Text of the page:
But while his step-brother may have been vehemently anti-theatre, his daughters were interested in treading the boards, contacting Ayckbourn for advice. His youngest step-niece understudied on two of his shows. "I said, 'Does your dad want to meet up?' And she said, 'No, he doesn't. He thinks you've left it so long you'd better not now, it won't work now'."
It was only when Paul Allen was researching his biography of Ayckbourn, Grinning at the Edge, that the playwright found out he had another brother, this time related to him by blood. "I thought, blimey, the last thing I need at my age is a brother," he says. "He's a half-brother, admittedly, but my father was married before. There's all sorts of things my mother never told me about – she was a nutter." It was only through his stepfather that he learnt, as an adult, that his birth father and mother were never married. "She never mentioned I was illegitimate. I thought, this is rather fine, it's rather romantic really."
Some experiences have had a lasting impact, such as being sent to boarding school aged seven. "My mother obviously wanted to get rid of me, because the school was only down the road. It's only 40 years later one thinks, 'Hang on, why was I sent there at seven? Why did I cry every night when I went to sleep?' "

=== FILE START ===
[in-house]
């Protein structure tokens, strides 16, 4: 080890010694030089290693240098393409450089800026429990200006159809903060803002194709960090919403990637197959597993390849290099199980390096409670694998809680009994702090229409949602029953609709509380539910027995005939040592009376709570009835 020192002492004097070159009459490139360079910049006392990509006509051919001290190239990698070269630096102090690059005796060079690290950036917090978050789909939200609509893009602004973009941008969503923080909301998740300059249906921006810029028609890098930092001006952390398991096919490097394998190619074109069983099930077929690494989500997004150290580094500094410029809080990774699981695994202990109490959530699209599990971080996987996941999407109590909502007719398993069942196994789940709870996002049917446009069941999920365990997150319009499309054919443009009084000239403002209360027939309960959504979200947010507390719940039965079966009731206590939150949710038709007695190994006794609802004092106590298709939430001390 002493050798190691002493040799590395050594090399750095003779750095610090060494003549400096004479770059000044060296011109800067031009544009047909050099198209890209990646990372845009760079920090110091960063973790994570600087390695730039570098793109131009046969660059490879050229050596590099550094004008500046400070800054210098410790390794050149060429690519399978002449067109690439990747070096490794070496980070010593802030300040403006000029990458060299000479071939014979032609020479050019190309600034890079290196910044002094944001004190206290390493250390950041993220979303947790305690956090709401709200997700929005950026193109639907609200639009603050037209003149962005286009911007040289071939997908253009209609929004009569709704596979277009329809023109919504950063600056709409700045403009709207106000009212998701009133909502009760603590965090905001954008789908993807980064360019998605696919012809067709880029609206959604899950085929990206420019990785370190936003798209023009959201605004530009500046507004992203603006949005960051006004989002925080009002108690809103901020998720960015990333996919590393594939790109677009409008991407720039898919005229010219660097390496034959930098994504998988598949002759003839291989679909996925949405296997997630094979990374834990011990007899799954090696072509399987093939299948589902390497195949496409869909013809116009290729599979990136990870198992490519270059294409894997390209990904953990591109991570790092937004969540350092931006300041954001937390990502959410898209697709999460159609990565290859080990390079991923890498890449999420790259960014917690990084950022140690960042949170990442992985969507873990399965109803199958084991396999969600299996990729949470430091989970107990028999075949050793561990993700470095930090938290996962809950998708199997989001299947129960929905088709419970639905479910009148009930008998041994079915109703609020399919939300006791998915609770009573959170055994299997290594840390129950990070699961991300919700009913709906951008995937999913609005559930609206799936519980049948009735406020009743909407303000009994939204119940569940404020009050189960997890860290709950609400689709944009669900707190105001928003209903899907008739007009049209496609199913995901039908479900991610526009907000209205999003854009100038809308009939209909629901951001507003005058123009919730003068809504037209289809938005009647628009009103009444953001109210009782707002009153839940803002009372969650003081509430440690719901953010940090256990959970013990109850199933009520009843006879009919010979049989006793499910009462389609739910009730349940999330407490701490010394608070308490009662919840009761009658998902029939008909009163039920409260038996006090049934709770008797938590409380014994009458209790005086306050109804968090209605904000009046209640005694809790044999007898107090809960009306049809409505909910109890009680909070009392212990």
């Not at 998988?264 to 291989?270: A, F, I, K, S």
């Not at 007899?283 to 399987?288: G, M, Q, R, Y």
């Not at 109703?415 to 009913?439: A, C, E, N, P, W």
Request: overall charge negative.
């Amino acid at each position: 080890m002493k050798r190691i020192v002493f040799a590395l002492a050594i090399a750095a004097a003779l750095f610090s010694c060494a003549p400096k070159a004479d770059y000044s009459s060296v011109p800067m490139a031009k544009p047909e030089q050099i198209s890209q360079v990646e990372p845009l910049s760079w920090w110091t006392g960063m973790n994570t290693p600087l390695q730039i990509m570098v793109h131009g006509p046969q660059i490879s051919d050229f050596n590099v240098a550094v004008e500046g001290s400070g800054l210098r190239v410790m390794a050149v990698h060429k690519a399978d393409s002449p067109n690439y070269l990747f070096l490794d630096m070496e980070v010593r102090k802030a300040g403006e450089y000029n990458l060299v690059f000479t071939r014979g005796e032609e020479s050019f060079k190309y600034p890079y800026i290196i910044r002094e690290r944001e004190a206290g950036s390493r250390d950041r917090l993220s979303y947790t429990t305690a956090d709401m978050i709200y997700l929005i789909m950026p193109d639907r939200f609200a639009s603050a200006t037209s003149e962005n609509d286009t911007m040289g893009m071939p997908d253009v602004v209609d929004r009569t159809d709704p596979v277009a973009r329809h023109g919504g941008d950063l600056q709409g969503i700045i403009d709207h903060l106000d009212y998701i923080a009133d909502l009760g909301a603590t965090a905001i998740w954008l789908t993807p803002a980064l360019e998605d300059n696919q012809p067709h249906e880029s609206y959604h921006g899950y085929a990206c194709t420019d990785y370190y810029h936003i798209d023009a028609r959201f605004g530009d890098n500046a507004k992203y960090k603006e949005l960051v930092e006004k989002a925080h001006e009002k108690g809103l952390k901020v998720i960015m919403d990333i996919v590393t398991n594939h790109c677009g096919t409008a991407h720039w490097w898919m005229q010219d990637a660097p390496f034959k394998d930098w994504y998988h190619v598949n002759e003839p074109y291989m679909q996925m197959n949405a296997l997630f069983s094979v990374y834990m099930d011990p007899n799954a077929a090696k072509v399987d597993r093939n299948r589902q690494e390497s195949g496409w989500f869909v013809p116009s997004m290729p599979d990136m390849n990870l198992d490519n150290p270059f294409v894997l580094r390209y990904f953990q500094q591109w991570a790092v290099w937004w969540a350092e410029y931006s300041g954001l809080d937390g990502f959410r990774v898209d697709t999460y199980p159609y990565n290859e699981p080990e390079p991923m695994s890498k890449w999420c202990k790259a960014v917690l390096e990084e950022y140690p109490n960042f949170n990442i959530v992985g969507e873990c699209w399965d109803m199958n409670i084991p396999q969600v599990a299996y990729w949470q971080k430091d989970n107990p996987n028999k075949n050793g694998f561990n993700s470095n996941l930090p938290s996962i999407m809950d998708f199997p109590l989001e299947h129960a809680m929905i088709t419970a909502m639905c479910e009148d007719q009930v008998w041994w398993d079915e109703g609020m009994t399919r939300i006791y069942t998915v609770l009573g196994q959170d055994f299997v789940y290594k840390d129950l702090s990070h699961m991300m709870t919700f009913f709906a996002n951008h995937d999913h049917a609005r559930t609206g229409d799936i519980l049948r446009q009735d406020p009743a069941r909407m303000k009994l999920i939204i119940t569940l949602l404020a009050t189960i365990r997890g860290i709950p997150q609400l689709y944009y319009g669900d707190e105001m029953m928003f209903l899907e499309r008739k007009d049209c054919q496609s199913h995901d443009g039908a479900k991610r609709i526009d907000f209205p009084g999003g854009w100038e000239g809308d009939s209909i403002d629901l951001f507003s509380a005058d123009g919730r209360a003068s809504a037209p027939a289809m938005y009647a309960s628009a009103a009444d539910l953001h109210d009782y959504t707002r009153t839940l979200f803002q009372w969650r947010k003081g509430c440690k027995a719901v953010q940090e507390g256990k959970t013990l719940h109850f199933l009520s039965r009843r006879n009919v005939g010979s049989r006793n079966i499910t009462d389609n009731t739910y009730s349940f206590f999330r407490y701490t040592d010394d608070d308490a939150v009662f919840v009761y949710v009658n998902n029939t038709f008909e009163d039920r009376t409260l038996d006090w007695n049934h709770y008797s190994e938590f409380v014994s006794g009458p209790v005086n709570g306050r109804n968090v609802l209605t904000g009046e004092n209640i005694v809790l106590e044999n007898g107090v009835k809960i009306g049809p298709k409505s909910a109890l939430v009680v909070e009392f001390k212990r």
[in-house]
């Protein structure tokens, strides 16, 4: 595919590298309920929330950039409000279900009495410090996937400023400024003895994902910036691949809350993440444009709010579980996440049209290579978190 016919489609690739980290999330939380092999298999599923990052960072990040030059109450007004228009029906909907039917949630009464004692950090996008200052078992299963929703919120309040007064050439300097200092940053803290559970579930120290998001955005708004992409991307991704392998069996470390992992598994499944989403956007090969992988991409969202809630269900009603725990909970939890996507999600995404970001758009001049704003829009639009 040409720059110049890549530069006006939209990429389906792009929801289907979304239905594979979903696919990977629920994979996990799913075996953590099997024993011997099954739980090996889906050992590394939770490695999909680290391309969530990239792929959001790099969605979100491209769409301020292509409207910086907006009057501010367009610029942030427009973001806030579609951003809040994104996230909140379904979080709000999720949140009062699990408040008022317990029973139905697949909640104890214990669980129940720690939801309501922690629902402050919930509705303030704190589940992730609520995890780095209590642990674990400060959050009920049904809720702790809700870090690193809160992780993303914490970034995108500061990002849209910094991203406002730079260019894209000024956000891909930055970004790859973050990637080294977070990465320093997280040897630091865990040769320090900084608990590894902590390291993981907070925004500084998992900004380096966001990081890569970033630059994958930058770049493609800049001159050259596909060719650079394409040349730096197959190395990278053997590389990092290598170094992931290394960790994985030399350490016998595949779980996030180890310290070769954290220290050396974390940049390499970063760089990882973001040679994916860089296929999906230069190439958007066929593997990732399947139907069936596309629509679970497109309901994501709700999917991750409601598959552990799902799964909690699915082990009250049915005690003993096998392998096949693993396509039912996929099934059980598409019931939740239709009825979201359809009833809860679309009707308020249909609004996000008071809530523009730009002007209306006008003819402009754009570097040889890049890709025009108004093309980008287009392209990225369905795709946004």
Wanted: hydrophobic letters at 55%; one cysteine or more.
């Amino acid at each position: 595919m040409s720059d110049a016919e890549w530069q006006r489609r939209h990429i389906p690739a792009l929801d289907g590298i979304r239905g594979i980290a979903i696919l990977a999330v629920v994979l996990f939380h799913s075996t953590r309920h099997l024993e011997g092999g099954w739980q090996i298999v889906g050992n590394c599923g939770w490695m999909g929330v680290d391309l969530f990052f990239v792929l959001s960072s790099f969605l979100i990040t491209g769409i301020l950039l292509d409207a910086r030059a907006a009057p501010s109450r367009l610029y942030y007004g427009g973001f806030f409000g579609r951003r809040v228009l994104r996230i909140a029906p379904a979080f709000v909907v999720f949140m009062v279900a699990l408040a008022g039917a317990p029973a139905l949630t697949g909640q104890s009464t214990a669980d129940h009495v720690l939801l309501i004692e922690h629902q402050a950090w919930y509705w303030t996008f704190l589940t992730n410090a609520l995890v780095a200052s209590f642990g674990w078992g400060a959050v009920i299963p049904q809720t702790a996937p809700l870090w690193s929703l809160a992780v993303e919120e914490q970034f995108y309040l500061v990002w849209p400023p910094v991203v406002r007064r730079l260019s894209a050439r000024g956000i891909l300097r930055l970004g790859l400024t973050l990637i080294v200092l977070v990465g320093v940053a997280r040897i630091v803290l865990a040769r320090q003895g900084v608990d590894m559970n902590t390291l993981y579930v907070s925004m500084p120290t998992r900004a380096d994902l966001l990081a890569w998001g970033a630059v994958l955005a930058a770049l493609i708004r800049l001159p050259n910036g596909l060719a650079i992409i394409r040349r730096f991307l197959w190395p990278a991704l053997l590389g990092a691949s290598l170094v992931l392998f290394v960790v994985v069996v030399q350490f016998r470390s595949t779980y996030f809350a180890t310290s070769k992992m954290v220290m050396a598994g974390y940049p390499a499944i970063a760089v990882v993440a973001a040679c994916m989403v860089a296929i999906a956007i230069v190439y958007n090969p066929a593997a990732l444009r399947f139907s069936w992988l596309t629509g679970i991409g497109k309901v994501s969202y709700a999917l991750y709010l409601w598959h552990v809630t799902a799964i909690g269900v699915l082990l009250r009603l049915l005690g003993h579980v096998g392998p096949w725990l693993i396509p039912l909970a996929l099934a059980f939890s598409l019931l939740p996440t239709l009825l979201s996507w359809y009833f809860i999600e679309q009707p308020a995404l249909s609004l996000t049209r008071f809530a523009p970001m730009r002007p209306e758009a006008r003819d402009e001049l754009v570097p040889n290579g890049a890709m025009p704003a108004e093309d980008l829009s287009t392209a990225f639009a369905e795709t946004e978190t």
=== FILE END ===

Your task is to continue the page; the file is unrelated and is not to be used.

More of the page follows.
But he remains pragmatic about a past that he considers – with a writer's detachment – absurd. "Most of the time you feel incredibly grateful that things like that happened, because it gives you a screwed up [frame of reference]," he smiles.
Ayckbourn's own life has been almost conventional in comparison. He has been married twice, yet only officially divorced his first wife, Christine Roland, with whom he split in 1971, when awarded a knighthood in 1997. "If I got knighted, then my first wife, who no longer lived with me, would be Lady A, and Heather would miss out on it." The divorce was carefully timed so both women could technically use the title. "Chris, my first wife, never uses it … but she comes up for Christmas and it's all very amiable because both the boys are hers."
People have long speculated about how autobiographical his plays are. His characters, he says, "all come from me. They're elements of myself. I must have mined myself, I must be empty inside, hack, hack, another piece of character. Some are more direct: the little girl in A Wonderful Day is as close as I got to my childhood. She's just sitting there, listening to adults behaving outrageously. When you write at the speed I do, quite a lot is your subconscious."